A habit is any act we engage in automatically without thinking about it.

        For example, when you brush your teeth, you don’t have to think about every single step from start to finish; once you stagger up to the sink, habit takes over (and, really, habit got you to the sink in the first place) and you find yourself putting toothpaste on your toothbrush, putting the toothbrush in your mouth (and never your ear!), spitting, rinsing, and so on without any conscious effort at all.

        This is a good thing because if you’re anything like me, you’re not even capable of conscious thought when you’re brushing your teeth.

        The good news is you already have a whole set of productivity habits you’ve built up over the course of your life. The bad news is, a lot of them aren’t very good habits.

        That quick game Frogger to “loosen you up” before you get working, that always ends up being six hours of Frogger –– that’s a habit. And as you know, habits like that can be hard to break — which is one of the reasons why habits are so important in the first place.

        Once you’ve replaced an unproductive habit with a more productive one, the new habit will be just as hard to break as the old one was. Getting there, though, can be a chore!

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        The old saw about anything you do for 21 days becoming a habit has been pretty much discredited, but there is a kernel of truth there — anything you do long enough becomes an ingrained behavior, a habit. Some people pick up habits quickly, others over a longer time span, but eventually, the behaviors become automatic.

        Building productive habits, then, is a matter of repeating a desired behavior over a long enough period of time that you start doing it without thinking.

        But how do you remember to do that? And what about the things that don’t need to be habits — the one-off events, like taking your paycheck stubs to your mortgage banker or making a particular phone call?

        The trick to reminding yourself often enough for something to become a habit, or just that one time that you need to do something, is to interrupt yourself in some way in a way that triggers the desired behavior.

        The wonderful thing about triggers (reminders)

        A trigger is anything that you put “in your way” to remind you to do something. The best triggers are related in some way to the behavior you want to produce.

        For instance, if you want to remember to take something to work that you wouldn’t normally take, you might place it in front of the door so you have to pick it up to get out of your house.

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        But anything that catches your attention and reminds you to do something can be a trigger. An alarm clock or kitchen timer is a perfect example — when the bell rings, you know to wake up or take the quiche out of the oven. (Hopefully you remember which trigger goes with which behavior!)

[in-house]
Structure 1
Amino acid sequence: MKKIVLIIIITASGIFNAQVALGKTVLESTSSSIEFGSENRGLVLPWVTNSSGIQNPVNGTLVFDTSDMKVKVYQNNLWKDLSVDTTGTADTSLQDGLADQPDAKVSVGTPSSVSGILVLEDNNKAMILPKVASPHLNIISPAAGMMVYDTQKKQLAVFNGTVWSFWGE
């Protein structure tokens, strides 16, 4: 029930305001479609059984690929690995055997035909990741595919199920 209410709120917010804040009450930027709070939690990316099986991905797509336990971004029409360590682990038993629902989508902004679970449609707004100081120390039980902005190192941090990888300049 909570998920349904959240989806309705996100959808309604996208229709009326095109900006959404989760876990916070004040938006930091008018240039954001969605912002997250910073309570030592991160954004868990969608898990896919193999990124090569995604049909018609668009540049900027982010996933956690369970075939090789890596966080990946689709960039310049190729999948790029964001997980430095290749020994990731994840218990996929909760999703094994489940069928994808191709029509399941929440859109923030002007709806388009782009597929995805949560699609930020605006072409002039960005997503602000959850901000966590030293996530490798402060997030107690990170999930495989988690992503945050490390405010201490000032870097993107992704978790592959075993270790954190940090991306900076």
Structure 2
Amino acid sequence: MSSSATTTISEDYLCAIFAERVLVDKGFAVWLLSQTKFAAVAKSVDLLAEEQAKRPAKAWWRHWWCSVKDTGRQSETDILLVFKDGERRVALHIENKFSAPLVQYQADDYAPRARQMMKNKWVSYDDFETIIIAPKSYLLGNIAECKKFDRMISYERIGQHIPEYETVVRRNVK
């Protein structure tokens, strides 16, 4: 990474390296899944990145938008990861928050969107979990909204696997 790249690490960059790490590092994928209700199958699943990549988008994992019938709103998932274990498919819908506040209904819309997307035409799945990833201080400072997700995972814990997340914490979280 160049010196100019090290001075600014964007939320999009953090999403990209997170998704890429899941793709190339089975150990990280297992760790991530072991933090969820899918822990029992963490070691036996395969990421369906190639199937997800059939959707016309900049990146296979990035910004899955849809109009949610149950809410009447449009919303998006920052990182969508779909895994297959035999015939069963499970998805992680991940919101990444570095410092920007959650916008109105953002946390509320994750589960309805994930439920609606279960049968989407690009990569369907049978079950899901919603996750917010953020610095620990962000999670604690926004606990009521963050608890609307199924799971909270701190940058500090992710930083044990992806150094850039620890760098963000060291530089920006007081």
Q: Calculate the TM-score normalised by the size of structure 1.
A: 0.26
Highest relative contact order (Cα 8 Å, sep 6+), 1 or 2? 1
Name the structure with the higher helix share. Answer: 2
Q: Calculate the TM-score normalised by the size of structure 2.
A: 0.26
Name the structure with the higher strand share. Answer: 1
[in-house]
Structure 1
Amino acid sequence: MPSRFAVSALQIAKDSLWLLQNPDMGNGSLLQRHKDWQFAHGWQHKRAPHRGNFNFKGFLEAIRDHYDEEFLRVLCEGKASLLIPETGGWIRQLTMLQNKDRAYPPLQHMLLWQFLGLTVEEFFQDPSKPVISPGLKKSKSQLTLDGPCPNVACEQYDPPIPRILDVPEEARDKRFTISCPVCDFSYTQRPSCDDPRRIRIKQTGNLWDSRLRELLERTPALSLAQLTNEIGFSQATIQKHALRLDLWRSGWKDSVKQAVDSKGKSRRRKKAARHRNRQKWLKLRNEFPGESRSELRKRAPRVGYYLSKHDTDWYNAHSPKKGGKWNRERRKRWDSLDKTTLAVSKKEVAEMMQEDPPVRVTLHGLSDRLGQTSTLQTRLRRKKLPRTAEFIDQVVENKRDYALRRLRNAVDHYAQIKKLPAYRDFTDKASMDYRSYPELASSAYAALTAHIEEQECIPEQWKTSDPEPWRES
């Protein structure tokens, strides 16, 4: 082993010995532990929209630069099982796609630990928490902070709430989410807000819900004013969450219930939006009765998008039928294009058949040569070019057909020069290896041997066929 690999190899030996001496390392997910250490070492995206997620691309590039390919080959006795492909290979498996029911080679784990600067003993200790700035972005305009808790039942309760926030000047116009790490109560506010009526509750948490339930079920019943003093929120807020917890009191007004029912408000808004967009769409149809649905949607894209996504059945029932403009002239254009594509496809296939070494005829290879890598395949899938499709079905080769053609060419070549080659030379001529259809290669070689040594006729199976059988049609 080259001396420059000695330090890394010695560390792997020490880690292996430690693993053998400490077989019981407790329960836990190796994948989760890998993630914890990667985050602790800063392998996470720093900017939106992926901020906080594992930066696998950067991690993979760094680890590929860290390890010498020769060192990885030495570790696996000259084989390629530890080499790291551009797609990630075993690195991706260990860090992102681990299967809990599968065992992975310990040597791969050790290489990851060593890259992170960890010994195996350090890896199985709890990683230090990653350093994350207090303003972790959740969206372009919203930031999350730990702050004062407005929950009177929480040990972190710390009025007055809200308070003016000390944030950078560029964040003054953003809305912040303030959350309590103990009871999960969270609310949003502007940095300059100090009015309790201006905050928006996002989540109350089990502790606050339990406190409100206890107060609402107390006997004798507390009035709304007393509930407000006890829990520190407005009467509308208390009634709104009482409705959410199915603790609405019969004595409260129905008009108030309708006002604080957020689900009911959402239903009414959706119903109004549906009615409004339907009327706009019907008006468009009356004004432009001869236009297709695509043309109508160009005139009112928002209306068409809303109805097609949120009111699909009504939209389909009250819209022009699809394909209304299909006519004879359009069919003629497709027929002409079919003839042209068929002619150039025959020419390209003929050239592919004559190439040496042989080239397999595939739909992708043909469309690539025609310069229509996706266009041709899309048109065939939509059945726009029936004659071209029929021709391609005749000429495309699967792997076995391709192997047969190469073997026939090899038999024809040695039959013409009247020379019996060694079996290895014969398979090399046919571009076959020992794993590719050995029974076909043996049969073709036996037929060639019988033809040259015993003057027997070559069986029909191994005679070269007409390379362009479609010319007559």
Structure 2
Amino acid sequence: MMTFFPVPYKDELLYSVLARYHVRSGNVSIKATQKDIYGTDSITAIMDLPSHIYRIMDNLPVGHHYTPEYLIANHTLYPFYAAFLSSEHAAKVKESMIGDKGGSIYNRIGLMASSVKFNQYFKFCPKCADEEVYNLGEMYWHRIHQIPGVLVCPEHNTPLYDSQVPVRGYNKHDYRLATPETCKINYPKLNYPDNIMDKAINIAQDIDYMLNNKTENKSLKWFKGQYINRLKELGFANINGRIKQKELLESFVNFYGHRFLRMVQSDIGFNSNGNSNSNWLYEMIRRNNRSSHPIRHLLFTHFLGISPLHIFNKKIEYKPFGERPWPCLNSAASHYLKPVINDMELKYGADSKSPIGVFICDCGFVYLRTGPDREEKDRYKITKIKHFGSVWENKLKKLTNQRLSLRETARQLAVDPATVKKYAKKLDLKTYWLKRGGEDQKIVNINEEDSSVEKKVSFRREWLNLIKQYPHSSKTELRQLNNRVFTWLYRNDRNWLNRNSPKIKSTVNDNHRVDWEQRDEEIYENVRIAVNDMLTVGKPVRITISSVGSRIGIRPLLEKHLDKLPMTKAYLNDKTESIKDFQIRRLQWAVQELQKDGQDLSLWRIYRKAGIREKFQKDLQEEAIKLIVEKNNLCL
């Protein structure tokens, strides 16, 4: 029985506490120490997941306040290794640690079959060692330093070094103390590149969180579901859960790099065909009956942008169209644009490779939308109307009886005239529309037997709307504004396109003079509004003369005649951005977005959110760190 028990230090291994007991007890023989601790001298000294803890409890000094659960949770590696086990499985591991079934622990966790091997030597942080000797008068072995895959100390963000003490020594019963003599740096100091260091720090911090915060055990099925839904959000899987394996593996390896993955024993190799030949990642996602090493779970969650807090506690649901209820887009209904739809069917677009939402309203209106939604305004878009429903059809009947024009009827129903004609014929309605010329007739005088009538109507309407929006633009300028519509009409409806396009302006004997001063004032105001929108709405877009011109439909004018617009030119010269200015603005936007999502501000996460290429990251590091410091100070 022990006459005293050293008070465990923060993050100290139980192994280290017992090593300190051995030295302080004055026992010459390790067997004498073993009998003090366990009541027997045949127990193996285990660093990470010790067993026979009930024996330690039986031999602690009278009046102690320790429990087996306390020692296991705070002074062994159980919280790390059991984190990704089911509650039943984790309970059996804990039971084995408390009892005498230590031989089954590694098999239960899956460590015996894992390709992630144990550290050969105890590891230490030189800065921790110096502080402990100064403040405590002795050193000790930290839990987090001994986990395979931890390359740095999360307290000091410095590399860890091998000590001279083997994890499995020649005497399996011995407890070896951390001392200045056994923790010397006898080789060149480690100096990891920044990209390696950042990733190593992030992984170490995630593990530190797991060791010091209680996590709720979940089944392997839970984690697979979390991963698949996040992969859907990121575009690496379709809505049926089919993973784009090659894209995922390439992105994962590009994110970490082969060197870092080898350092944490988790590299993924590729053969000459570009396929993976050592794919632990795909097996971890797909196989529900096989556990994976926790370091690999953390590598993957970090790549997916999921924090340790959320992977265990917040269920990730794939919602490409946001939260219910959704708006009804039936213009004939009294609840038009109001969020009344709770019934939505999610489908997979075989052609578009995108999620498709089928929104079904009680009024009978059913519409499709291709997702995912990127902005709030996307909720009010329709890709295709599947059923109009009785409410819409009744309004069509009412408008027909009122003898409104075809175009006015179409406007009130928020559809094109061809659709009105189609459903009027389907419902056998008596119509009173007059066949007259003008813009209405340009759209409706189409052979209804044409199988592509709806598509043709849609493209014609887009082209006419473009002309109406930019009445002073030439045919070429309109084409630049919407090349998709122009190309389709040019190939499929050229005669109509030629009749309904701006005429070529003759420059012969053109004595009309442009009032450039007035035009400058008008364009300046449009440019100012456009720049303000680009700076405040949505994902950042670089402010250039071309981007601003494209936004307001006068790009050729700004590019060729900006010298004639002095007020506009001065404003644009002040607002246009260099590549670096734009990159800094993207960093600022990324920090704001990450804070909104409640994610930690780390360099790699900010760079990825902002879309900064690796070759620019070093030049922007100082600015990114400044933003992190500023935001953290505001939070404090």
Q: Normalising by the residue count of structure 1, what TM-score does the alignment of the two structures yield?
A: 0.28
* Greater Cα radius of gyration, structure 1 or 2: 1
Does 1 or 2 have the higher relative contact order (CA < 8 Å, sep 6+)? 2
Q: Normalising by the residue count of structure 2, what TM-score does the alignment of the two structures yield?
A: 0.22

If you want to instill a habit, the thing to do is to place a trigger in your path to remind you to do whatever it is you’re trying to make into a habit — and keep it there until you realize that you’ve already done the thing it’s supposed to remind you of.

        For instance, a post-it saying “count your calories” placed on the refrigerator door (or maybe on your favorite sugary snack itself)  can help you remember that you’re supposed to be cutting back — until one day you realize that you don’t need to be reminded anymore.

        These triggers all require a lot of forethought, though — you have to remember that you need to remember something in the first place.

        For a lot of tasks, the best reminder is one that’s completely automated — you set it up and then forget about it, trusting the trigger to pop up when you need it.

        How to make a reminder works for you

        Computers and ubiquity of mobile Internet-connected devices make it possible to set up automatic triggers for just about anything.

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        Desktop software like Outlook will pop up reminders on your desktop screen, and most online services go an extra step and send reminders via email or SMS text message — just the thing to keep you on track. Sandy, for example, just does automatic reminders.

        Automated reminders can help you build habits — but it can also help you remember things that are too important to be trusted even to habit. Diabetics who need to take their insulin, HIV patients whose medication must be taken at an exact time in a precise order, phone calls that have to be made exactly on time, and other crucial events require triggers even when the habit is already in place.

        My advice is to set reminders for just about everything — have them sent to your mobile phone in some way (either through a built-in calendar or an online service that sends updates) so you never have to think about it — and never have to worry about forgetting.

        Your weekly review is a good time to enter new reminders for the coming weeks or months. I simply don’t want to think about what I’m supposed to be doing; I want to be reminded so I can think just about actually doing it.

        I tend to use my calendar for reminders, mostly, though I do like Sandy quite a bit.

        Featured photo credit: Unsplash via unsplash.com